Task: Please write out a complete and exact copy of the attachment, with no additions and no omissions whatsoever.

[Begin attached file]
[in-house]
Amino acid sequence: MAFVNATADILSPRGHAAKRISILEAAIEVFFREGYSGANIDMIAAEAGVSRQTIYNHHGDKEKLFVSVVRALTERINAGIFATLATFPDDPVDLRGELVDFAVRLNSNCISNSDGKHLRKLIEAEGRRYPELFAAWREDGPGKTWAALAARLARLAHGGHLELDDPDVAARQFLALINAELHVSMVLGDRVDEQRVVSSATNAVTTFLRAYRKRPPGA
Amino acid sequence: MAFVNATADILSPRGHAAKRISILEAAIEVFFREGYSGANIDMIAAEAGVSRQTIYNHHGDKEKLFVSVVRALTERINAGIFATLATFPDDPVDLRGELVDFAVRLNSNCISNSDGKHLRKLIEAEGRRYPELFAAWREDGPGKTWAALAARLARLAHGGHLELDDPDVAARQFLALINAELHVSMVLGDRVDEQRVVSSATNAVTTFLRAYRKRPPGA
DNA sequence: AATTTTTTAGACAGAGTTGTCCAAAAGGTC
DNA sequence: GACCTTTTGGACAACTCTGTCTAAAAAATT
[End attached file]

[in-house]
Amino acid sequence: MAFVNATADILSPRGHAAKRISILEAAIEVFFREGYSGANIDMIAAEAGVSRQTIYNHHGDKEKLFVSVVRALTERINAGIFATLATFPDDPVDLRGELVDFAVRLNSNCISNSDGKHLRKLIEAEGRRYPELFAAWREDGPGKTWAALAARLARLAHGGHLELDDPDVAARQFLALINAELHVSMVLGDRVDEQRVVSSATNAVTTFLRAYRKRPPGA
Amino acid sequence: MAFVNATADILSPRGHAAKRISILEAAIEVFFREGYSGANIDMIAAEAGVSRQTIYNHHGDKEKLFVSVVRALTERINAGIFATLATFPDDPVDLRGELVDFAVRLNSNCISNSDGKHLRKLIEAEGRRYPELFAAWREDGPGKTWAALAARLARLAHGGHLELDDPDVAARQFLALINAELHVSMVLGDRVDEQRVVSSATNAVTTFLRAYRKRPPGA
DNA sequence: AATTTTTTAGACAGAGTTGTCCAAAAGGTC
DNA sequence: GACCTTTTGGACAACTCTGTCTAAAAAATT